A pensioner who stabbed his friend in the neck when they fell out after a day drinking cider and whisky has been spared jail.
Former gamekeeper Duncan Mackenzie had phoned his pal to get him a bottle of whisky while he was at the local shop before inviting him into his Gairloch home to share the spirit alongside some tins of cider.
The friends shared drinks in Mackenzie’s one-bed council home throughout the afternoon and well into the evening of January 25 this year.
But things turned sour around midnight when a heated exchange of words between the pair ended in Mackenzie, 71, stabbing his pal.
Fiscal depute Robert Weir previously told Inverness Sheriff Court: “During the altercation, Mackenzie made his way through to his bedroom before returning with a ‘Commando’ style knife. He then put the knife to (his friend’s) throat. (His friend) said: ‘You won’t do it, you are all mouth, you.’
“At this point, Mackenzie stabbed him once to the front centre of his neck. Realising he was bleeding, (his friend) immediately used his mobile phone to dial 999 while Mackenzie sat back in a chair. (His friend) was advised to apply pressure to the wound.”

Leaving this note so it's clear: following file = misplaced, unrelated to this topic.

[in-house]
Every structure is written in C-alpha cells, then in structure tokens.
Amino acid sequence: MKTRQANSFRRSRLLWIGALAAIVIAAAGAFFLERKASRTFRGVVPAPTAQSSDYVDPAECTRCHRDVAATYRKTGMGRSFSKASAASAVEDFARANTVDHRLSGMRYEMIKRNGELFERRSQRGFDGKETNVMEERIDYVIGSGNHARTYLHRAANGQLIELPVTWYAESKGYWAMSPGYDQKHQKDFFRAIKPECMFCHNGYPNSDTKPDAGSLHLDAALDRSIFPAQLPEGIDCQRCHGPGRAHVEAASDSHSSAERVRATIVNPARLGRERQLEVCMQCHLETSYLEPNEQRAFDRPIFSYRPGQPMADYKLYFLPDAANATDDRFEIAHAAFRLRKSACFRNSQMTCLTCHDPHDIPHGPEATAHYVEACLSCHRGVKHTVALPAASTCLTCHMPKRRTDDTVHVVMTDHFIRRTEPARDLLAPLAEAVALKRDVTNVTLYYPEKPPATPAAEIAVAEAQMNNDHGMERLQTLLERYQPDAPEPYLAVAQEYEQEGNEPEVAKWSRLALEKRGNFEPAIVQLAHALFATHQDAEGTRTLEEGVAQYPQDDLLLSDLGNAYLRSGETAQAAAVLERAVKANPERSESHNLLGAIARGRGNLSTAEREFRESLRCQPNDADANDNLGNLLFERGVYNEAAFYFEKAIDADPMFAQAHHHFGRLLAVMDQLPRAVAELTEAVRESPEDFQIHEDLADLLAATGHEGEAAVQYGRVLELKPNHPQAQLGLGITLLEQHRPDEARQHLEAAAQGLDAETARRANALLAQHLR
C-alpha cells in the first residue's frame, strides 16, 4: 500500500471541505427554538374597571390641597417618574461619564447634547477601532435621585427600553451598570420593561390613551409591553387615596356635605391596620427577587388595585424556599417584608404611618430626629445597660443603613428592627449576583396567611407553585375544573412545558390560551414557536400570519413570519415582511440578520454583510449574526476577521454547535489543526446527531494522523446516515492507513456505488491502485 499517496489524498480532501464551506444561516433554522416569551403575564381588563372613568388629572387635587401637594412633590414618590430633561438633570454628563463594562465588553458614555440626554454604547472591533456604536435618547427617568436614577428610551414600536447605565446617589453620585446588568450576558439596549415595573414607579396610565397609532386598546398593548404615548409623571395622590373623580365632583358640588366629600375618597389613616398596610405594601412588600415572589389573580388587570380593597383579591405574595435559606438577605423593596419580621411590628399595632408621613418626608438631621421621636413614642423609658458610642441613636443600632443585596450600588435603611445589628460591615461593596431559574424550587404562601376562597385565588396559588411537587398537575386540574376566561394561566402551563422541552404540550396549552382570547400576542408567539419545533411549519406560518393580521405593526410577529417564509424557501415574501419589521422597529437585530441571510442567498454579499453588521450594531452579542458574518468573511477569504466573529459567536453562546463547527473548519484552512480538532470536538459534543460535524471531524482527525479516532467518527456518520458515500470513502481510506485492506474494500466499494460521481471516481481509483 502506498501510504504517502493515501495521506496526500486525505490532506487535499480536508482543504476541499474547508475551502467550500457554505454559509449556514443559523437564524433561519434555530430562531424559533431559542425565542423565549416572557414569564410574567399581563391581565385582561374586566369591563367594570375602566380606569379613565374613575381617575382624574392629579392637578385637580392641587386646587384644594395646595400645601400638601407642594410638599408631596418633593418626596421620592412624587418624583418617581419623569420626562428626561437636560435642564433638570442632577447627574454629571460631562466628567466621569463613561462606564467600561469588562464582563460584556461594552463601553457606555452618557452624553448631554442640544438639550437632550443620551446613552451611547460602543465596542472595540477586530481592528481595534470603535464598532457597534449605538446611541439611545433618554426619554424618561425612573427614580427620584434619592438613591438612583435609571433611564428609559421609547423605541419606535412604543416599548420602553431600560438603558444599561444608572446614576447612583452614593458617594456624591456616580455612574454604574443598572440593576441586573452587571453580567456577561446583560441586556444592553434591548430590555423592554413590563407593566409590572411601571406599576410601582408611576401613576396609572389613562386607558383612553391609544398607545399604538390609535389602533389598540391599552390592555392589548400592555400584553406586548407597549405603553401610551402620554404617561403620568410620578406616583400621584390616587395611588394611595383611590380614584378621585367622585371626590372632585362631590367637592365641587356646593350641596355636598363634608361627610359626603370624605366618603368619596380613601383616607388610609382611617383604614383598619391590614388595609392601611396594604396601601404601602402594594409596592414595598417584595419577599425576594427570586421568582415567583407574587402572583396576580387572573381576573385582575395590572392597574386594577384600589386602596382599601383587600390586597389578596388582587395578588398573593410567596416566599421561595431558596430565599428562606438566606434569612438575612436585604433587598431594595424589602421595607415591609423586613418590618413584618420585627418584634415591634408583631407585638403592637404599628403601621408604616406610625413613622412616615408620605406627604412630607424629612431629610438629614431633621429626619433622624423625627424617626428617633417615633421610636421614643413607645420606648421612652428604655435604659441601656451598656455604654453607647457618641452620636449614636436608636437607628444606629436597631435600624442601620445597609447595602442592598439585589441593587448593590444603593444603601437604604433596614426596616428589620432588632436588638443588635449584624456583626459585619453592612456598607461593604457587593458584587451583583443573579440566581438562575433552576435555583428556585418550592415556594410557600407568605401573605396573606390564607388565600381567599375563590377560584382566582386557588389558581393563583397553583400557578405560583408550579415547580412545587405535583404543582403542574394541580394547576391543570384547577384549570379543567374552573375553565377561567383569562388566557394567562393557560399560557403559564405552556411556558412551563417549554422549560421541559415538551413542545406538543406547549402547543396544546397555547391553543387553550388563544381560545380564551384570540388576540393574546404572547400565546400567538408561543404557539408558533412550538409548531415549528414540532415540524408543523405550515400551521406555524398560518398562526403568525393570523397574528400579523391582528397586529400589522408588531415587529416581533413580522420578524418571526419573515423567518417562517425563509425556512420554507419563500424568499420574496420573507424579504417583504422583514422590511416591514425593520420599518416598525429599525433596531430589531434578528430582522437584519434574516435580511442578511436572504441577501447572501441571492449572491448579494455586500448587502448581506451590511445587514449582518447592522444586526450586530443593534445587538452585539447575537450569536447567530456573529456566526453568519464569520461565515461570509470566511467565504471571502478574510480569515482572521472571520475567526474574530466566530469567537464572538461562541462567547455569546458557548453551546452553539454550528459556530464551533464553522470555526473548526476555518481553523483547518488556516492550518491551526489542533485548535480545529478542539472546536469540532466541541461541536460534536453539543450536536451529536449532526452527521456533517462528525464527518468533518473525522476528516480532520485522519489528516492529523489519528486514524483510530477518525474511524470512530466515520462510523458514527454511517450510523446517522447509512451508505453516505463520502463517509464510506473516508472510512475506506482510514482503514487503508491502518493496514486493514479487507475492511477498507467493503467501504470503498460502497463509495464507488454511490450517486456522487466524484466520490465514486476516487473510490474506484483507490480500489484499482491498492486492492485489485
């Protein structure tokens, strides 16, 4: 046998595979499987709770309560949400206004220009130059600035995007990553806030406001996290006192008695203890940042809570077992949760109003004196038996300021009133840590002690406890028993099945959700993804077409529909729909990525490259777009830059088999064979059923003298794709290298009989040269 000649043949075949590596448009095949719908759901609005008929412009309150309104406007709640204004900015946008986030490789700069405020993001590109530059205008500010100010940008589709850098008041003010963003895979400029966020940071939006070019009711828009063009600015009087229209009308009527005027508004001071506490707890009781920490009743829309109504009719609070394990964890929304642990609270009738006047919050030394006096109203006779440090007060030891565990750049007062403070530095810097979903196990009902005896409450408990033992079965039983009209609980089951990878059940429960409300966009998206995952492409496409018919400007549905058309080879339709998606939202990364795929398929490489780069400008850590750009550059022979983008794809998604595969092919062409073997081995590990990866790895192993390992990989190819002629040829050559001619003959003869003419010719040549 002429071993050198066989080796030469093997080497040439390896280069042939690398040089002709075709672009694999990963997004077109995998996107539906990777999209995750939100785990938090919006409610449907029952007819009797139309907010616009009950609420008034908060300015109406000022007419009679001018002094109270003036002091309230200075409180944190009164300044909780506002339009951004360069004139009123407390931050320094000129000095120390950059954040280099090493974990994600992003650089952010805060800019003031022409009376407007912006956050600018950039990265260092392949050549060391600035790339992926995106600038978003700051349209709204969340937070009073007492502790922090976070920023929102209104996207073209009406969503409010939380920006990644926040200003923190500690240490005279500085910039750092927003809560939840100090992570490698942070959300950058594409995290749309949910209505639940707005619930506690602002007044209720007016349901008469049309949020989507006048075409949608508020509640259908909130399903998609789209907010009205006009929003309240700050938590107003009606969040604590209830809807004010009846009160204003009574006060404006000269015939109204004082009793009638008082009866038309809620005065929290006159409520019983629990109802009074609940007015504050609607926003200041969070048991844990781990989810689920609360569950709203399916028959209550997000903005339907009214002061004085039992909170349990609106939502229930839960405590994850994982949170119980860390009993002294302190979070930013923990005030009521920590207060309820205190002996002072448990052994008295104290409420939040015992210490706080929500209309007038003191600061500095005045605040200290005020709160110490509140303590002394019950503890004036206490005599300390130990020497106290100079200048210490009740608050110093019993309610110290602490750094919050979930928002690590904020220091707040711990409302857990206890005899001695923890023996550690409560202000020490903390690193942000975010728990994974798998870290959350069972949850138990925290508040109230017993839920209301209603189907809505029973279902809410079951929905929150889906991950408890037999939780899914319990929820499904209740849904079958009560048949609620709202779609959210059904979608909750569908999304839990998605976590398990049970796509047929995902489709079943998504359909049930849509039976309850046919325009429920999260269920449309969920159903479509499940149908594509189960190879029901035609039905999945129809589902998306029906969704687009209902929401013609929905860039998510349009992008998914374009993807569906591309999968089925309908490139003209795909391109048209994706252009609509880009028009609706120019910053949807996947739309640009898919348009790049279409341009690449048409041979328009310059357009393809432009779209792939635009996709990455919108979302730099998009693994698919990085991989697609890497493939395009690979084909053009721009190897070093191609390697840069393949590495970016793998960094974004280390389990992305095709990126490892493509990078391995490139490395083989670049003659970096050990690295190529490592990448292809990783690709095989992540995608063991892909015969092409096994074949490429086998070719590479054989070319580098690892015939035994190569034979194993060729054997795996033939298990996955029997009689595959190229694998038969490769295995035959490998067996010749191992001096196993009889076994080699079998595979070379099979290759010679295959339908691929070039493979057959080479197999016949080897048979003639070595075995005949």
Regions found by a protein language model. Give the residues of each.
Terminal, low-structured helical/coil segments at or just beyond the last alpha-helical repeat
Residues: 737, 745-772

Mr Weir said that an ambulance arrived about 12.30 am where the crew found the victim conscious and holding a heavily bloodstained towel to his neck.
But police saw blood on the carpet and Mackenzie was arrested. The knife was found hidden in a wellington boot. The victim suffered a 2cm wide wound but it did not require stitching, although a vein had been cut.
‘Alcohol is a significant problem for you’
His defence solicitor Duncan Henderson said his client was not in good health. He added: “This is his third crime involving alcohol and he has an ongoing problem. But he has now sought help.”
Sheriff Eilidh Macdonald imposed two years of supervision plus alcohol treatment for the same period as an alternative to custody.
She explained: “Alcohol is a significant problem for you. I could sentence you to a period of prison. You have pled guilty to stabbing your friend in the neck to the danger of his life.
“Fortunately for you and your friend, the wound was not deep and did not require stitches.”
She also banned Mackenzie, of Burnside Terrace, Gairloch, from seeing his pal or entering his home.